I passed by the entrance in a state of rapture. What wonders awaited me this glorious night? I grabbed a basket and headed off to explore. I grabbed far too many pastries. I let an actual cheesemonger make a few selections for me — have you ever been given cheese assistance at a Walmart before? I have not and the absurdity of it was enough to make me cackle merrily for days. I bought some truly abysmal wine and then some more cat treats. I bought packets of powdered jamaica and orange juice and grapefruit juice and then some tremendously cheap (and oddly delicious) tequila. I love tequila, reader. I never knew how much.
My hands were laden with purchases, but I discovered that I was close enough to stop at a bakery that I had on my to-do list since the day I decided to go to Mexico City. It was supposedly the best in the city, and as a refined pastry ho, you know that I had to test the validity of this claim.
The walk took me forty-five minutes or so, and it was stupidly fun. The night was vibrant and it was such a treat to look at the shops, the restaurants, the random festivals, the parks, everything. Even the seemingly abandoned buildings left me with a sense of wonder. Le Havre, an area of Mexico City soon flourished around me. Once again, I was shaken by the European flair. I could, I could easily swear, have been walking through Paris. I’m going to surely be making that comparison in every single post.
The bakery was not quite what I had expected, the address took me to a gorgeous brick building that was bursting with gentle light from all levels. It was the right place, there was a sign and everything, but it was not immediately apparent where the bakery would be. I wandered aimlessly for a spell looking hapless before a kindly employee guided me to the baked goods.
I got everything, obviously, as one should do at a new bakery. The greatest delight was a simple roll that was covered in a buttery rosemary glaze. It was perfection, reader. I dream about it to this day. I need to make some for myself soon so that I can pretend that I’m back in that glorious city where mystery lingers and the unknown is revealed with each twist of the road. There is nothing quite so divine as Mexico City.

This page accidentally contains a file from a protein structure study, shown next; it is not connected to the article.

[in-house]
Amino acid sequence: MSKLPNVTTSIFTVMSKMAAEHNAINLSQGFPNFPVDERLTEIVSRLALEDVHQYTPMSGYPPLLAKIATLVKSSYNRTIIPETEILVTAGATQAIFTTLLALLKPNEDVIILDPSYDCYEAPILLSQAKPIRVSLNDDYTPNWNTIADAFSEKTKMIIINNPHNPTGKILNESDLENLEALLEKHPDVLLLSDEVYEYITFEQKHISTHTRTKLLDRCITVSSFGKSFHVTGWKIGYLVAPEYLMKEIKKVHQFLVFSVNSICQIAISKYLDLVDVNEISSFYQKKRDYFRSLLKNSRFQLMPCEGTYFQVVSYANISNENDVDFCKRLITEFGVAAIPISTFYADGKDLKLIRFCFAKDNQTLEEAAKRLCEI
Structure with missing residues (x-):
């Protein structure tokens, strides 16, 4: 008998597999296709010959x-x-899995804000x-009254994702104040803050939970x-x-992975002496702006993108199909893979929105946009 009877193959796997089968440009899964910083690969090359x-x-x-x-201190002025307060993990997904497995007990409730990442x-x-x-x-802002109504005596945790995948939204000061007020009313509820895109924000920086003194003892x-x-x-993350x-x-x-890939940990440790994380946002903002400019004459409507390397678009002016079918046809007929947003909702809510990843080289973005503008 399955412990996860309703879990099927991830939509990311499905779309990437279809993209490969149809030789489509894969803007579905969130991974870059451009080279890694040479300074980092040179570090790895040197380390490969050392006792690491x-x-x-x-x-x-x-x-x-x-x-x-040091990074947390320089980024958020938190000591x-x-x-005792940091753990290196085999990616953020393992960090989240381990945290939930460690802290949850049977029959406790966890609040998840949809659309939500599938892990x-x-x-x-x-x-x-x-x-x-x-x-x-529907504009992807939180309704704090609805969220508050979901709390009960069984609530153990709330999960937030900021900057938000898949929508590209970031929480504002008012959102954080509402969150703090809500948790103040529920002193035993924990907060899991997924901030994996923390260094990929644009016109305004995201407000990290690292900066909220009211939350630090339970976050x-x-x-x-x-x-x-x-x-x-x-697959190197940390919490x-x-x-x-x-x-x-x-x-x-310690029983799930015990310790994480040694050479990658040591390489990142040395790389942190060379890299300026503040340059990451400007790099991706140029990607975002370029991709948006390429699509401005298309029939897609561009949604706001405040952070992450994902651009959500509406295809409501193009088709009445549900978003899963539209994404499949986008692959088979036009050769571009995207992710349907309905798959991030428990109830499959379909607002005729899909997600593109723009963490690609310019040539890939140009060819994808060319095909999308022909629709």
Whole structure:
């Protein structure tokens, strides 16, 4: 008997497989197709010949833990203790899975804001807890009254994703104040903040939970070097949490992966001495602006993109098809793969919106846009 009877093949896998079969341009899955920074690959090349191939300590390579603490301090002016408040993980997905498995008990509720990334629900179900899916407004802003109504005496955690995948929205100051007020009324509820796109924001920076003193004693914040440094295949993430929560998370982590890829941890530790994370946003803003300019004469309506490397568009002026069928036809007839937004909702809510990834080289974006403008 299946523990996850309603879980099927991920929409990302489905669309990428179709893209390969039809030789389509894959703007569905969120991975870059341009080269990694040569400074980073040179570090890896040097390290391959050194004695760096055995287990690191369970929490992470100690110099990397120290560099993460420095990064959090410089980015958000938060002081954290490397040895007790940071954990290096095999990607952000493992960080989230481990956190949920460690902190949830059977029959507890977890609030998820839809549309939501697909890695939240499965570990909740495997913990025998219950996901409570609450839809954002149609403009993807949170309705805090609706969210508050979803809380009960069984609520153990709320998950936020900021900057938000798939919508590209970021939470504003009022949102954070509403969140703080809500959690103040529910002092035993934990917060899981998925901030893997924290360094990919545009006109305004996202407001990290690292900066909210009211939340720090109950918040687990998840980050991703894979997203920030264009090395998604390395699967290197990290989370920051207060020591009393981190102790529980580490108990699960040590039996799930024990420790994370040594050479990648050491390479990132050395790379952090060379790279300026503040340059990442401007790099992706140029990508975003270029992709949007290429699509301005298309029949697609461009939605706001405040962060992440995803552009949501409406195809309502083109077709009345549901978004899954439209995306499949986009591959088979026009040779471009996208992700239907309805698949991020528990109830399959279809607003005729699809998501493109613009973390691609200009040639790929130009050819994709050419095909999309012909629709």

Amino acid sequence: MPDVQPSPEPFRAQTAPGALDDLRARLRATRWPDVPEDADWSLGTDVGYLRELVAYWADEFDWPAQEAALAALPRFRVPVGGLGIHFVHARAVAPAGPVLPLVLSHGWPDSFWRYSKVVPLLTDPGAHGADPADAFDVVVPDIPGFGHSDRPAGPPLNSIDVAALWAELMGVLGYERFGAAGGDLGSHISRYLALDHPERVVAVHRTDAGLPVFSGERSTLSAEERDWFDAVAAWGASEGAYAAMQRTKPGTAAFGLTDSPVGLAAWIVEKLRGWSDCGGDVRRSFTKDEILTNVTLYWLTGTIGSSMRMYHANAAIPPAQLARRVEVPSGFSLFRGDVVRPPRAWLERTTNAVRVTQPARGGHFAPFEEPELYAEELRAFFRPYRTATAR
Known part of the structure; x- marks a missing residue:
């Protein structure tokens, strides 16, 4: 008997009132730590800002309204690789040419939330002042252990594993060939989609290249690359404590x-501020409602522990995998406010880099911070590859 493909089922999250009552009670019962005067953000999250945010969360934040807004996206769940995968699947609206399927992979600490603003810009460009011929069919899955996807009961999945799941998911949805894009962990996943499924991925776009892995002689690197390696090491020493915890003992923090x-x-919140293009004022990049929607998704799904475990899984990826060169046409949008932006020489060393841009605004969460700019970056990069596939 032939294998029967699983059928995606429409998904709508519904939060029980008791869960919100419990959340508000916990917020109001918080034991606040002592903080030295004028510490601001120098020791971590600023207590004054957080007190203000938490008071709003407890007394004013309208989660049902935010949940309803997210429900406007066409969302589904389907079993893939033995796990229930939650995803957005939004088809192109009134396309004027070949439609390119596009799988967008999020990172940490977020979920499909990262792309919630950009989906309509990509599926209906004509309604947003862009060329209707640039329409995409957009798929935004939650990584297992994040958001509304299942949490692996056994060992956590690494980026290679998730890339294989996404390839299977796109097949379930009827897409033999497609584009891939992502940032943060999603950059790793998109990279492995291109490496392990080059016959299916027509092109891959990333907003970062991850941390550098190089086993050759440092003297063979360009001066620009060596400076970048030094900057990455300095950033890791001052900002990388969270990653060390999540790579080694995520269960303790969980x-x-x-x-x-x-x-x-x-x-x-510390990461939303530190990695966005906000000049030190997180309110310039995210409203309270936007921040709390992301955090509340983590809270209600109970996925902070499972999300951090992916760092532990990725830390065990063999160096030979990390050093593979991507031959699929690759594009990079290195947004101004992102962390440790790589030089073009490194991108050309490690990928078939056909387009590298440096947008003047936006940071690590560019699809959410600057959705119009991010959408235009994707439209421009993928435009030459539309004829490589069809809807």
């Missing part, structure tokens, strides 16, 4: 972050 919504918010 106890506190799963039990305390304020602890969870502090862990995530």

I savored the decadent dark that overtook the city as time ticked by at a rapid pace. Soon there was nothing but gentle streetlights illuminating my surroundings and I sighed in complete and total contentment. At that moment I knew that I could never return to the normal world completely. I will always need an escape from life. The world is just too grand and glorious to live in one dull spot. I know that I will work in Iowa for many years to come, but I, like Miley Cyrus in that magnificent song she once sang, I can’t be tamed. And I don’t mean that I’m a wild child, because I never have been that person, but I can’t be totally civilized. I will always answer the call of my indefatigable wanderlust. I will not be surprised to find myself in a hut in the Kalahari Desert or wandering through the halls of the Hermitage or gaping at the cherry blossoms in Kyoto. Life is very short, and I realize that more every day.
Lost in a dreamy haze, I slowly made it back to my apartment. Outside a massive church that was across the street from my road was a veritable army of well-dressed people. They seemed happy, so I assume it was a wedding and not a funeral. They were all resplendent in gowns and perfectly pressed suits. The women glittered and so did the streets, puddles of rainwater from a brief deluge reflected every twinkling light.
I was so damn happy.
Comfortably settled back in the apartment, I let the cats gorge on all the various cat treats I had bought them and watched The Road to El Dorado on Netflix. I was truly living my very best life.
I miss Mexico so much.